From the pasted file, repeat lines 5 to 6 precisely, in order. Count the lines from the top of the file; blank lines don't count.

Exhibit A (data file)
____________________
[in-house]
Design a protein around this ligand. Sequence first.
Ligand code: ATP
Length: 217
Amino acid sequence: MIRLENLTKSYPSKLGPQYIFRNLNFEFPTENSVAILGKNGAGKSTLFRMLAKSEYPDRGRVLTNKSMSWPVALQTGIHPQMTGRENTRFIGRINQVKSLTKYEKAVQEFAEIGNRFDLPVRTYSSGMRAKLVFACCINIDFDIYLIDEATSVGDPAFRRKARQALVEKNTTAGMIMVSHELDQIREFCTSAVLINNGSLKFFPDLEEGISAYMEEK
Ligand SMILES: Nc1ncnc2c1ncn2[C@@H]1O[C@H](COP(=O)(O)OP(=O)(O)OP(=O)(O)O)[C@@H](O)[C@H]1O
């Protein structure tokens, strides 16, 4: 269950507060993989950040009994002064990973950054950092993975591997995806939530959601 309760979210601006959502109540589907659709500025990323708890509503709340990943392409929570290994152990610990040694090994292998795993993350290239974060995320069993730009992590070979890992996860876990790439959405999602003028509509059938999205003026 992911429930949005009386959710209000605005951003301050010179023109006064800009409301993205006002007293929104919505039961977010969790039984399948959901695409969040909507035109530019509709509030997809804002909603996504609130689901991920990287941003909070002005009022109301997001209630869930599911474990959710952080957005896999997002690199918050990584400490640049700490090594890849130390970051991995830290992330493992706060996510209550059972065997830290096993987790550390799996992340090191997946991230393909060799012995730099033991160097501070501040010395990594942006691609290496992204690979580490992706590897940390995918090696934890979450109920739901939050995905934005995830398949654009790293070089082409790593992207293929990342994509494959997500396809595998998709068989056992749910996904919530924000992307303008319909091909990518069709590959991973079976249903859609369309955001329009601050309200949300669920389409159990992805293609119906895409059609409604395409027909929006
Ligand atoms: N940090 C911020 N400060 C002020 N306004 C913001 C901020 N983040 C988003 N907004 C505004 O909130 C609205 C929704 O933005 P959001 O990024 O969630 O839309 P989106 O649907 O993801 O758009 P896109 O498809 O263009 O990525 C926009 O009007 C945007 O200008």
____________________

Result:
Amino acid sequence: MIRLENLTKSYPSKLGPQYIFRNLNFEFPTENSVAILGKNGAGKSTLFRMLAKSEYPDRGRVLTNKSMSWPVALQTGIHPQMTGRENTRFIGRINQVKSLTKYEKAVQEFAEIGNRFDLPVRTYSSGMRAKLVFACCINIDFDIYLIDEATSVGDPAFRRKARQALVEKNTTAGMIMVSHELDQIREFCTSAVLINNGSLKFFPDLEEGISAYMEEK
Ligand SMILES: Nc1ncnc2c1ncn2[C@@H]1O[C@H](COP(=O)(O)OP(=O)(O)OP(=O)(O)O)[C@@H](O)[C@H]1O